Home­less­ness won’t be fixed by vil­i­fy­ing land­lords

The Washington Post Sunday - - LOCAL OPINIONS - BY DEREK MCCOY

The Depart­ment of Public Works re­cently re­moved home­less “tent” camps from D.C.’s NoMa neigh­bor­hood. Home­less women and men were liv­ing in tents, sur­rounded by con­struc­tion and signs of devel­op­ment in the shadow of a store sell­ing tents cost­ing hun­dreds of dol­lars. This strik­ing im­agery high­lights the gaps be­tween rich and poor in our na­tion’s cap­i­tal. It also sug­gests that D.C.’s lead­ers must do bet­ter by cre­at­ing pro­grams that are ef­fec­tive and eco­nom­i­cally sus­tain­able, mov­ing peo­ple out of so­ci­ety’s fringes and into safe and af­ford­able hous­ing.

I am grate­ful that D.C.’s mayor and coun­cil mem­bers be­lieve that they have a re­spon­si­bil­ity to help low-in­come and home­less fam­i­lies find af­ford­able hous­ing. But that plan is too fo­cused on spend­ing gov­ern­ment re­sources to tout short-term gains. Ig­nored are the longterm and chronic ail­ments plagu­ing many Wash­ing­to­ni­ans who move from one calami­tous sit­u­a­tion to another.

Ev­i­dence of this will­ful short­sight­ed­ness by our elected lead­ers is the “rapid re­hous­ing” pro­gram, which pro­vides hous­ing vouch­ers to low-in­come fam­i­lies for four months to a year. How­ever, the pro­gram cre­ates a cy­cle of de­spon­dency by fail­ing to ad­dress the un­der­ly­ing prob­lems that typ­i­cally lead to these fam­i­lies’ sit­u­a­tions in the first place: drug and al­co­hol ad­dic­tion, men­tal­health is­sues and, of­ten, a life­time of liv­ing in un­sta­ble fam­ily en­vi­ron­ments lack­ing love and good, fun­da­men­tal par­ent­ing.

In the Dis­trict, hous­ing ad­vo­cates have taken no­tice that rapid re­hous­ing misses the mark. The Wash­ing­ton Le­gal Clinic for the Home­less ad­mon­ished lead­ers for set­ting up voucher re­cip­i­ents to fail, of­ten cy­cling them back into home­less­ness. De­spite this crit­i­cism, Mayor Muriel E. Bowser (D) and the D.C. Coun­cil are go­ing to pump mil­lions more tax­payer dol­lars into the pro­gram.

I am un­will­ing to blindly scorn pri­vate land­lords who ac­cept rapid-re­hous­ing vouch­ers. Far too many pri­vate land­lords avoid these ten­ants at all costs.

Pri­vate landown­ers who ac­cept vouch­ers have been called “slum­lords” and ac­cused of prof­it­ing off the poor, fail­ing to pro­vide safe and san­i­tary hous­ing. In­stead of fac­ing the con­stant threat of lit­i­ga­tion and me­dia vil­i­fi­ca­tion for ac­cept­ing ten­ants in chal­leng­ing cir­cum­stances, pri­vate landown­ers who wel­come atyp­i­cal ten­ants tran­si­tion­ing out of home­less­ness should be viewed as key part­ners in the hous­ing so­lu­tion.

Un­for­tu­nately, many pri­vate land­lords are in the same sit­u­a­tion as res­i­dents: set up to fail by the Dis­trict. When rapid re­hous­ing vouch­ers ex­pire, for­merly home­less res­i­dents are no more able to pay rent than they were be­fore they re­ceived the ben­e­fits. D.C. laws also shield ten­ants from evic­tion for months or years for non­pay­ment of rent. Fi­nally, ten­ants use their right of first re­fusal of sale, known as the Ten­ant Op­por­tu­nity to Pur­chase Act, to block the sale of the build­ings and keep liv­ing there with low rent or none at all.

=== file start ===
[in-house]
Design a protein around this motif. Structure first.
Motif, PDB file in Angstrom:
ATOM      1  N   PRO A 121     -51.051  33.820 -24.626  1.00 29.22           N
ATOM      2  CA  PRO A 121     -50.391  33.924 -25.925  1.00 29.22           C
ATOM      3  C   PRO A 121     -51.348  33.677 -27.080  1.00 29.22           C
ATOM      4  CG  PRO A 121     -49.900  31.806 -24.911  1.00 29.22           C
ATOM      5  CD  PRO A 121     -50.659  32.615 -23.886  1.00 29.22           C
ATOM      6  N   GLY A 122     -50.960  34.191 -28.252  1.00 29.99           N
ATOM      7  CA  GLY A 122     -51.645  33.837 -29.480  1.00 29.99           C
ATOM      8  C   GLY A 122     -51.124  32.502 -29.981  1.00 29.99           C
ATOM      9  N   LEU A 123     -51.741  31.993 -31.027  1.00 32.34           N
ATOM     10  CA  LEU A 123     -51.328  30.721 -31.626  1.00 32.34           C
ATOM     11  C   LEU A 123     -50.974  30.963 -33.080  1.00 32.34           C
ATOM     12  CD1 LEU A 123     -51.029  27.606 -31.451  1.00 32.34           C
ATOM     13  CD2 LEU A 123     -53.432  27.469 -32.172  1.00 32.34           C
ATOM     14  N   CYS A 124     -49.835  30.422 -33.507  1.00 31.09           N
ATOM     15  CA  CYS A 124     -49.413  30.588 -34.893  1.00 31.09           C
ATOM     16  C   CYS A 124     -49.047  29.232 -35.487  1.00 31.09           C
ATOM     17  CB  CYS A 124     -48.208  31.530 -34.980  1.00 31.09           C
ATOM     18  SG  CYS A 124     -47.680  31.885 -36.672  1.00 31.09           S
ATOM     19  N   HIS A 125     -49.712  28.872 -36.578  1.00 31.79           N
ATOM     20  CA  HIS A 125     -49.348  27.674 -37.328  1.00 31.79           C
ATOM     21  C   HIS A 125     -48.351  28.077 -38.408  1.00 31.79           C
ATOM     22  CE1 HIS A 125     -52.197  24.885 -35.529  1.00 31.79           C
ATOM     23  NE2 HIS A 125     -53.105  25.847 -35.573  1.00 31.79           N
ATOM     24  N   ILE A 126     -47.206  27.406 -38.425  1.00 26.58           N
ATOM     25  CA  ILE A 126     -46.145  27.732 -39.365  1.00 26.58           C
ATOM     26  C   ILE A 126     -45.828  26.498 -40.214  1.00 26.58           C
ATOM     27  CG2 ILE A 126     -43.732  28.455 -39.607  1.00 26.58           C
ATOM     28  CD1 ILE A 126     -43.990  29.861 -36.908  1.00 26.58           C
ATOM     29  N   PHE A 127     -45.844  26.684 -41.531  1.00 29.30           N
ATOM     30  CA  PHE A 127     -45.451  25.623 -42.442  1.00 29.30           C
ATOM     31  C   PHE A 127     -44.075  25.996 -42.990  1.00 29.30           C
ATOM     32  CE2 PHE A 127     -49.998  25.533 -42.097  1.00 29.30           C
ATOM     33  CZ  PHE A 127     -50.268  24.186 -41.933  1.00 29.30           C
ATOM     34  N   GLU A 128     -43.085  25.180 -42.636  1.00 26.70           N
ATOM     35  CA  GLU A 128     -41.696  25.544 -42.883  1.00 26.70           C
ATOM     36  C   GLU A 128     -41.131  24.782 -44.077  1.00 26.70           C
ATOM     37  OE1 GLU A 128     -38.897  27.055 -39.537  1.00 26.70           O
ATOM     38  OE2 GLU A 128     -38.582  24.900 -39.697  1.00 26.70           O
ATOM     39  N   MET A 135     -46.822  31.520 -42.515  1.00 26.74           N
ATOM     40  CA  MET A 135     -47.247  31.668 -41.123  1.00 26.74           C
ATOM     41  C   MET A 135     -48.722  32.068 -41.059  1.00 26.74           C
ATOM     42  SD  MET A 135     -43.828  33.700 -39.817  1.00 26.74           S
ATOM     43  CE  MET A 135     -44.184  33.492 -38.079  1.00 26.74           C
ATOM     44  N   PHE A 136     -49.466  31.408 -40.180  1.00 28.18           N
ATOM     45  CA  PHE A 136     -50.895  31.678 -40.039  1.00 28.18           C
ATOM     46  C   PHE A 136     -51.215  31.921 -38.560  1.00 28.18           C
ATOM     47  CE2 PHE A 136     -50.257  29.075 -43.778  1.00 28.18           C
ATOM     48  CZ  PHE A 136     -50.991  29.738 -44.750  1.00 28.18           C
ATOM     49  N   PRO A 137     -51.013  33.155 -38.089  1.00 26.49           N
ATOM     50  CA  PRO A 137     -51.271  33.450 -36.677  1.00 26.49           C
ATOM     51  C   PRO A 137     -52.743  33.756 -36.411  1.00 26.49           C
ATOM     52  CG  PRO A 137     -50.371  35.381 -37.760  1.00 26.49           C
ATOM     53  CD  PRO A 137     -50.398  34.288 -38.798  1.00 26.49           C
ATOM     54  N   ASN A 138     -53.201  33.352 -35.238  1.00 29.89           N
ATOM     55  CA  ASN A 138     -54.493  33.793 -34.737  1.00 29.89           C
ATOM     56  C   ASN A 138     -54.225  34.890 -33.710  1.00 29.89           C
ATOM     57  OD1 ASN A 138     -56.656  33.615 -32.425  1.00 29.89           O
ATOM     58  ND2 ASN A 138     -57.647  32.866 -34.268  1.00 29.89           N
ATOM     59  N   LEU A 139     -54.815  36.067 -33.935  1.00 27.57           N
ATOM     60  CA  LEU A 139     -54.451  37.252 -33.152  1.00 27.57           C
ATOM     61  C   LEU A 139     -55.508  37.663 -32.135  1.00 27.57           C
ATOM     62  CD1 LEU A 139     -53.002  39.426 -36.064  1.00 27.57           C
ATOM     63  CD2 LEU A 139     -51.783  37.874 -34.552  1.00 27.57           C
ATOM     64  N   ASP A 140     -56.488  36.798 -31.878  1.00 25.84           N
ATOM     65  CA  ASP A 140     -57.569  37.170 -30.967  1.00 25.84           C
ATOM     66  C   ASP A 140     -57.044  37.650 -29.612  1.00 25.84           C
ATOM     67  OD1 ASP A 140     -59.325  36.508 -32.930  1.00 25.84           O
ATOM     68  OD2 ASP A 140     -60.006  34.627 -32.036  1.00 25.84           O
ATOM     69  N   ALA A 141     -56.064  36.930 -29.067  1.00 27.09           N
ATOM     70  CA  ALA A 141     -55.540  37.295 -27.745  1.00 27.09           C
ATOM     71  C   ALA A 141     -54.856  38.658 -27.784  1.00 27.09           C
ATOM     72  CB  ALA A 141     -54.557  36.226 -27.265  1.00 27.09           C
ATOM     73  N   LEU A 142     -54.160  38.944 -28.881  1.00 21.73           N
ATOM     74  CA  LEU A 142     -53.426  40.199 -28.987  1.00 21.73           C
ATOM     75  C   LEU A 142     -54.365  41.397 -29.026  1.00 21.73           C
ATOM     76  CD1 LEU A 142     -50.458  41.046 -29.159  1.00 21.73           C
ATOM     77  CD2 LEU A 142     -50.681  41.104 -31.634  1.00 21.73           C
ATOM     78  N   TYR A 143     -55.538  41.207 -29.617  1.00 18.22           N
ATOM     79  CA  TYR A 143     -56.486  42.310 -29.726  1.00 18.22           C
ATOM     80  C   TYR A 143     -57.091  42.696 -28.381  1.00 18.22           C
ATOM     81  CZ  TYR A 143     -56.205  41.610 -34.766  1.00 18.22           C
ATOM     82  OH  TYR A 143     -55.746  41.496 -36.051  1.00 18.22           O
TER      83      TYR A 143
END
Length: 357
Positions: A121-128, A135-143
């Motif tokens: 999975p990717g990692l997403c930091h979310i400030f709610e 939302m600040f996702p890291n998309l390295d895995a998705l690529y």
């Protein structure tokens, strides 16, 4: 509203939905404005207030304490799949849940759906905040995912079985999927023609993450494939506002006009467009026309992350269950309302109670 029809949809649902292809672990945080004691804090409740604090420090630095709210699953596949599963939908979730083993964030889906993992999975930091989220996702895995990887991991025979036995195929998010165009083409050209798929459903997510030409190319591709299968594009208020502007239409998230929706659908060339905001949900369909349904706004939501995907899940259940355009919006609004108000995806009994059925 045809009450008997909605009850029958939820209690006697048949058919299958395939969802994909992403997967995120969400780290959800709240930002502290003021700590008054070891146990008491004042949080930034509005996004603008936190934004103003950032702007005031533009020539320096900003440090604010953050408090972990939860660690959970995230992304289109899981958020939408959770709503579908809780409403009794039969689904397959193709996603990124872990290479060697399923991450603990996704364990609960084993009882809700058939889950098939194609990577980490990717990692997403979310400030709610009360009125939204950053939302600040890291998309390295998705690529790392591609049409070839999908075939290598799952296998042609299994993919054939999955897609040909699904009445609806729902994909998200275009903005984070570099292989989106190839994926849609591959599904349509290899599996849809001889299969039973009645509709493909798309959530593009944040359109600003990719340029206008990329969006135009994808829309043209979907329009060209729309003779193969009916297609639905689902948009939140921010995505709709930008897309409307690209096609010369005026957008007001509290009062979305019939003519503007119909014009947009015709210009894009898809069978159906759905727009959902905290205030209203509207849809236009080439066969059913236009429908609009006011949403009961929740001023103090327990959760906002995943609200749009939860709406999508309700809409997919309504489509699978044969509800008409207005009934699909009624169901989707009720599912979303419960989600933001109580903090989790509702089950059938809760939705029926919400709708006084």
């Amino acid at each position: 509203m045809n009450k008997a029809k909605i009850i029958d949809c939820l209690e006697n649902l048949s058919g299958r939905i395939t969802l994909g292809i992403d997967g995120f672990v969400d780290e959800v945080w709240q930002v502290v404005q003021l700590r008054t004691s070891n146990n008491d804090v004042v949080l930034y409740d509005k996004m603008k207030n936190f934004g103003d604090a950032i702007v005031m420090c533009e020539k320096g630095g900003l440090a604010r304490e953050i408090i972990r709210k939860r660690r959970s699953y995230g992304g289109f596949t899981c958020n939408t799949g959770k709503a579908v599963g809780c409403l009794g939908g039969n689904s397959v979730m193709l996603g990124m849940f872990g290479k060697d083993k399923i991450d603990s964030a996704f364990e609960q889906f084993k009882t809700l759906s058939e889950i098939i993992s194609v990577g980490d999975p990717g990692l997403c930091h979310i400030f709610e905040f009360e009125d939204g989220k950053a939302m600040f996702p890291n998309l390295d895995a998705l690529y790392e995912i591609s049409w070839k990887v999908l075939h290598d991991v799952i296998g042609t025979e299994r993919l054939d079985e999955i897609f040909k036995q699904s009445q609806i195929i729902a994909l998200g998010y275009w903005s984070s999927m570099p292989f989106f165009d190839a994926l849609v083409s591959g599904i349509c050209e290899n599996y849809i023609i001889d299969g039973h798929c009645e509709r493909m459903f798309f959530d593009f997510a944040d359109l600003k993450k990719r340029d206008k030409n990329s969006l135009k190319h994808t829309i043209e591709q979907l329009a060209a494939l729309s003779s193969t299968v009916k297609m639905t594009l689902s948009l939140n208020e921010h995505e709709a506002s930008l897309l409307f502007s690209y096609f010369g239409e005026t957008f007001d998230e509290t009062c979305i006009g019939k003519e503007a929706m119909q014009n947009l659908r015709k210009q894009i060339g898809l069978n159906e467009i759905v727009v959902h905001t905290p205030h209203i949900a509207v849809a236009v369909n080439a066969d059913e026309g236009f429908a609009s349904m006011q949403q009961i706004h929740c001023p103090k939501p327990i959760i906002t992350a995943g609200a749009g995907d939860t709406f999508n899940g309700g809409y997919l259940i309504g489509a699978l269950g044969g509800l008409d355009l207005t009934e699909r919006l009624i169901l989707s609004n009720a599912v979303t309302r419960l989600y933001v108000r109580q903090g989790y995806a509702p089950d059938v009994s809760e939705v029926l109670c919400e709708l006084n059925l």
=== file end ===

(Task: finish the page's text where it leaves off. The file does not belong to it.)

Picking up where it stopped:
The re­sult of vouch­ers and D.C.’s ten­ant-friendly laws is that land­lords own un­prof­itable build­ings. Pri­vate land­lords are in busi­ness, not op­er­at­ing a char­ity. They do not have the un­lim­ited tax cof­fers of the D.C. gov­ern­ment. If land­lords are los­ing money on a prop­erty, it is un­rea­son­able to ex­pect them to spend more money keep­ing up the prop­erty. Safety should never be for­saken, but the re­al­ity for a busi­ness is it must make a profit.

The most vil­i­fied of D.C. land­lords, San­ford Cap­i­tal, owns a num­ber of large apart­ment build­ings in the Dis­trict. While it is easy to tar­get and con­demn it for the ter­ri­ble hous­ing con­di­tions in some of its prop­er­ties, such at­tacks reek of sanc­ti­mo­nious­ness; it is of­fer­ing a ser­vice that the city is not will­ing to pro­vide. If not San­ford, who?

I ap­plaud those will­ing to serve the needy. It is not an easy prob­lem, nor an is­sue that can be solved by point­ing fin­gers or spend­ing money. The root causes of home­less­ness and de­spair are mat­ters that of­ten re­quire re­pair­ing the soul, which the gov­ern­ment and pro­gres­sives are un­com­fort­able ad­dress­ing. Still, they must be ac­knowl­edged to help peo­ple im­prove their own lives and the lives of their loved ones.

Un­for­tu­nately, many pri­vate land­lords are in the same sit­u­a­tion as res­i­dents: set up to fail by the Dis­trict.

The writer, a min­is­ter, is ex­ec­u­tive vice pres­i­dent at the Cen­ter for Ur­ban Re­newal and Education in the Dis­trict.

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